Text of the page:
Adopt Modified Version of Governor’s Proposal. The Governor’s proposal would allow the state to use one‑time funding to support school transportation service that many students and districts find beneficial. The potential benefits of electric buses, including lower levels of pollution, reduced GHG emissions, and decreased operating costs, could last for many years. The up‑front costs for an electric bus and its charging station are more than twice the cost of a diesel bus, and state grants likely would accelerate the adoption of electric buses. Some aspects of the proposal, however, could be improved. In the remainder of this section, we recommend several modifications to (1) achieve greater reductions in pollution, (2) allow more districts to use the program, (3) improve fiscal incentives, and (4) adjust funding based on district interest.

Prioritize Replacement of the Oldest Buses. Whereas the Governor proposes four criteria that would give districts priority for funding, we recommend modifying the proposal so that it prioritizes replacing the oldest buses first. This modification would increase the potential reductions in air pollution by focusing the program on replacing buses manufactured under less stringent emission standards. Under this approach, the state could retain other considerations (such as preference for rural schools or schools with high numbers of low‑income students) as secondary factors.

Allow Funding for Other Types of Buses When Electric Buses Are Not Feasible. Under the Governor’s proposal, some districts might continue to operate older buses emitting higher levels of pollution because electric buses are not viable replacements. We recommend modifying the Governor’s proposal to allow funding for nonelectric buses in some cases. One option would be to allow rural districts to receive funding to replace a specified percentage of their fleets with nonelectric school buses. The state could allow additional nonelectric buses for these districts (or urban districts) based on their individual circumstances. One previous program, for example, allowed districts to purchase nonelectric buses if they could provide information about their routes and a consultation with an electric bus dealer demonstrating that electric buses would be infeasible. Funding a nonelectric bus might not reduce GHG emissions significantly, but could provide significant reductions in local pollutants like nitrogen oxides and particulate matter.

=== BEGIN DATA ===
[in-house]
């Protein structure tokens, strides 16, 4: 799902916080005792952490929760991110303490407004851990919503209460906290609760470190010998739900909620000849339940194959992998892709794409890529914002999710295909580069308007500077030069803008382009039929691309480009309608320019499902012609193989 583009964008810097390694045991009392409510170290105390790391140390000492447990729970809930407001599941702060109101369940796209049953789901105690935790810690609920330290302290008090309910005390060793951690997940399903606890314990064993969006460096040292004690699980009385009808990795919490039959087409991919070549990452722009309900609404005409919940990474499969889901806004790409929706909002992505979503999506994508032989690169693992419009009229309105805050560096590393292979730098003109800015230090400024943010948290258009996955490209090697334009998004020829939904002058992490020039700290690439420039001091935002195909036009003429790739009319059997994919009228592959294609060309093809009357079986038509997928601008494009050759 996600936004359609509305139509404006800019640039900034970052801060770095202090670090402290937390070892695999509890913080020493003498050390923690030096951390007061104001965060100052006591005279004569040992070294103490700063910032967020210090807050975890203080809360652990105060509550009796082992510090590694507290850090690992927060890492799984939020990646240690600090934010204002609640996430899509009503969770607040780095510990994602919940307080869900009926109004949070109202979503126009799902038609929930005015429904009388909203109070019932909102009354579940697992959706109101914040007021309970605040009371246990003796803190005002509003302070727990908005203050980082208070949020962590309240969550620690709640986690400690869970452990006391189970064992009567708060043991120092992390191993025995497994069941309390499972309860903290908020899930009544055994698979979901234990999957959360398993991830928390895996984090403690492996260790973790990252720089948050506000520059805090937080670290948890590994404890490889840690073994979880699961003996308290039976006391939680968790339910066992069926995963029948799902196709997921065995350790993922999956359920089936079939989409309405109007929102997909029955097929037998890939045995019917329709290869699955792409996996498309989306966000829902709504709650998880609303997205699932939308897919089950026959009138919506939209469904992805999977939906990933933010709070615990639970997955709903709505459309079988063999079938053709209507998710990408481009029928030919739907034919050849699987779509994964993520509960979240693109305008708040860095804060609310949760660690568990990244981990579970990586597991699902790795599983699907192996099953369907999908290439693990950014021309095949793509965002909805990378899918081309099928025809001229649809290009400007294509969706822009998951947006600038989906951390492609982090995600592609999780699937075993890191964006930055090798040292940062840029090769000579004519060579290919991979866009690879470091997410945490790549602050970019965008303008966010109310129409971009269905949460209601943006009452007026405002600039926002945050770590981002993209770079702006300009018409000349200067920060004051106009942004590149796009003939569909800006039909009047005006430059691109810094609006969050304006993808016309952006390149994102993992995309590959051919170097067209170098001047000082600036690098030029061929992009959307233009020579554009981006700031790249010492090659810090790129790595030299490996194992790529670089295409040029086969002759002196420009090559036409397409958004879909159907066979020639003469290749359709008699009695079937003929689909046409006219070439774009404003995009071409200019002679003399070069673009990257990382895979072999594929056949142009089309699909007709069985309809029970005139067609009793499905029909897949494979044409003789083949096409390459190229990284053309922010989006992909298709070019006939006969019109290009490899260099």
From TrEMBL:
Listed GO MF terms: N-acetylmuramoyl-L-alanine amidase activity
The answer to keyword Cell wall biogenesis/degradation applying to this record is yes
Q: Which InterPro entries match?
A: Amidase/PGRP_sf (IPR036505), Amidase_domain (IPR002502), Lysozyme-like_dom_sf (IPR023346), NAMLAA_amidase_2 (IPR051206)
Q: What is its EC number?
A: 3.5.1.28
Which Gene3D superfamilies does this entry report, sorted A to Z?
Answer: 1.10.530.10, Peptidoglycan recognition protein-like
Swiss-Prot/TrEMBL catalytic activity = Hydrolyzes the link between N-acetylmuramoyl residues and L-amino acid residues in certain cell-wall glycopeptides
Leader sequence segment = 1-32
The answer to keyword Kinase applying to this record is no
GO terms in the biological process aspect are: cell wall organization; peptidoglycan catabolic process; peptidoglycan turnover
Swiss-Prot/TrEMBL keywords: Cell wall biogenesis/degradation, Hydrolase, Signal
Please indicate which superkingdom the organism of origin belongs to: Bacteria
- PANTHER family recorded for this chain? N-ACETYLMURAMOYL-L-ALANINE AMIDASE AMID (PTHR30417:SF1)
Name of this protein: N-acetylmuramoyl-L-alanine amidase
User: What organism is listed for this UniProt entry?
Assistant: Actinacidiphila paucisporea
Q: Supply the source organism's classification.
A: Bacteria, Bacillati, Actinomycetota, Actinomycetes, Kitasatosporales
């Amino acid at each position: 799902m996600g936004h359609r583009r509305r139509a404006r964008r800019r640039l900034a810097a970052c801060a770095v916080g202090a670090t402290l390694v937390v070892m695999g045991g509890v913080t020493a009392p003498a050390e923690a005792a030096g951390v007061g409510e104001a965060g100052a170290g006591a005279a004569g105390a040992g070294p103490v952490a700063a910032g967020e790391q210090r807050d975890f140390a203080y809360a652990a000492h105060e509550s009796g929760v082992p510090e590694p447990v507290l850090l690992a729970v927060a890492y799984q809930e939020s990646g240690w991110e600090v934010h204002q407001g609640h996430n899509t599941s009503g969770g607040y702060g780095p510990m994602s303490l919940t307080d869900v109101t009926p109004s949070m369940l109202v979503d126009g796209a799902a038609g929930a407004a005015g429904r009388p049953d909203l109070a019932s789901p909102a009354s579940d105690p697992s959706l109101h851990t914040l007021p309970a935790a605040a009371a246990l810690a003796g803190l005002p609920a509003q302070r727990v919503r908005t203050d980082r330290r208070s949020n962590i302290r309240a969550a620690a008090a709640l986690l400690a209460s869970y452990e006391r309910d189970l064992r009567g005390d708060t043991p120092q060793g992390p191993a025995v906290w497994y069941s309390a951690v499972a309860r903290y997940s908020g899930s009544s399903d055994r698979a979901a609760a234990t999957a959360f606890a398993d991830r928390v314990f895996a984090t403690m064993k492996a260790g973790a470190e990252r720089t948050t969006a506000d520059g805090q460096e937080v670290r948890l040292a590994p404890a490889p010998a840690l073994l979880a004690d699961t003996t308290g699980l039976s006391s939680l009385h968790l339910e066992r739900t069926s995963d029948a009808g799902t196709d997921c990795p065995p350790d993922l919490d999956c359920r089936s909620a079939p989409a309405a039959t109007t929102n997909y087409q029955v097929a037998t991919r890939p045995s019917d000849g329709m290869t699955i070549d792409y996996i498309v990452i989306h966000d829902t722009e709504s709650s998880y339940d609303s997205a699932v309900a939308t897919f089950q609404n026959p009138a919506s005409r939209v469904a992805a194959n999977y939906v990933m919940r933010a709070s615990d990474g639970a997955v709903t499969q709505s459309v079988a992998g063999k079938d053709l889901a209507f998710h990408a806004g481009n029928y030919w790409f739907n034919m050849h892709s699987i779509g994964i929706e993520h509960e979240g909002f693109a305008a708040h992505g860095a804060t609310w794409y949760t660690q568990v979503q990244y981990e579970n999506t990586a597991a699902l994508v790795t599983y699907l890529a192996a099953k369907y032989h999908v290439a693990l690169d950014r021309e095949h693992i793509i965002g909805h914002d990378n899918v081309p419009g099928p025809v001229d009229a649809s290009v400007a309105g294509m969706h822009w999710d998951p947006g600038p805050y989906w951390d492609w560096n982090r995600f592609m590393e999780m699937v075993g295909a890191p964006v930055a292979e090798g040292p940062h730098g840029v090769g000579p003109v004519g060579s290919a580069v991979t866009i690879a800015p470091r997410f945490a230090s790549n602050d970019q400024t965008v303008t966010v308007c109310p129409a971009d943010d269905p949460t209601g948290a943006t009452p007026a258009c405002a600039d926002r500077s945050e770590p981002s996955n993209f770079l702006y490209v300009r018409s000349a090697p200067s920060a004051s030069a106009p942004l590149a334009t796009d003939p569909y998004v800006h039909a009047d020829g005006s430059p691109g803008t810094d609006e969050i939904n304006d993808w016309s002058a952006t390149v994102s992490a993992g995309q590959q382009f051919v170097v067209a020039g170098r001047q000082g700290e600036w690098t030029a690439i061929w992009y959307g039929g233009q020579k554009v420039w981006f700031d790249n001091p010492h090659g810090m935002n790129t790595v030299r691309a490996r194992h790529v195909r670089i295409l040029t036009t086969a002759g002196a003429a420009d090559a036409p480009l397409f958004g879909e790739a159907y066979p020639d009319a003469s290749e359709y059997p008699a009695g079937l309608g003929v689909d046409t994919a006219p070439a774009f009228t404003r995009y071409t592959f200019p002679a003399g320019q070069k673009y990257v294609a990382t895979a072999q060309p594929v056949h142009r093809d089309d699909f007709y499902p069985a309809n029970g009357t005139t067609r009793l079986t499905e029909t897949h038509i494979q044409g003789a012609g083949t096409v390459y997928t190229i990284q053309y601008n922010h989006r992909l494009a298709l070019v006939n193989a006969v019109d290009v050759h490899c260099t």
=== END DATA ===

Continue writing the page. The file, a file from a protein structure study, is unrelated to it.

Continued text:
Eliminate Proposed Allowance for Other Transportation Expenditures. We recommend the Legislature eliminate the portion of the grant providing funding for costs not directly related to the bus or its infrastructure. Eliminating this allowance would create parity with other bus replacement programs and avoid creating incentives for districts to forego those programs. Given that the proposed grants would cover the entire cost of the bus and charging station, we think the state could expect districts to pay for other costs out of their local budgets.

Provide Smaller Amount Initially and Adjust Future Funding Based on Demand. Whereas the Governor proposes to provide $1.5 billion for the program immediately, we recommend the Legislature plan to allocate funding over multiple years and begin with a smaller amount. This approach would allow the state to adjust future funding based on district interest and the progress the state makes toward its goals for replacing older buses and reducing emissions. One way to implement this recommendation would be to plan for a three‑year program and provide an initial allocation of $500 million in year one. To help determine funding amounts for the subsequent two years, the Legislature could require CDE to track and report data on the number of applications received and funded, as well as data on the age of the buses being replaced. Alternatively, if the Legislature decides to provide an immediate allocation closer to the $1.5 billion proposed by the Governor, it might want to expand the program to ensure it can allocate the full amount to interested districts. The nearby box outlines a potential option, focusing on grants for expanding district fleets. To the extent the Legislature makes changes to the timing or amounts for the Governor’s proposal, it would need to account for the changes in capital outlay spending as part of its plan for addressing the state appropriations limit.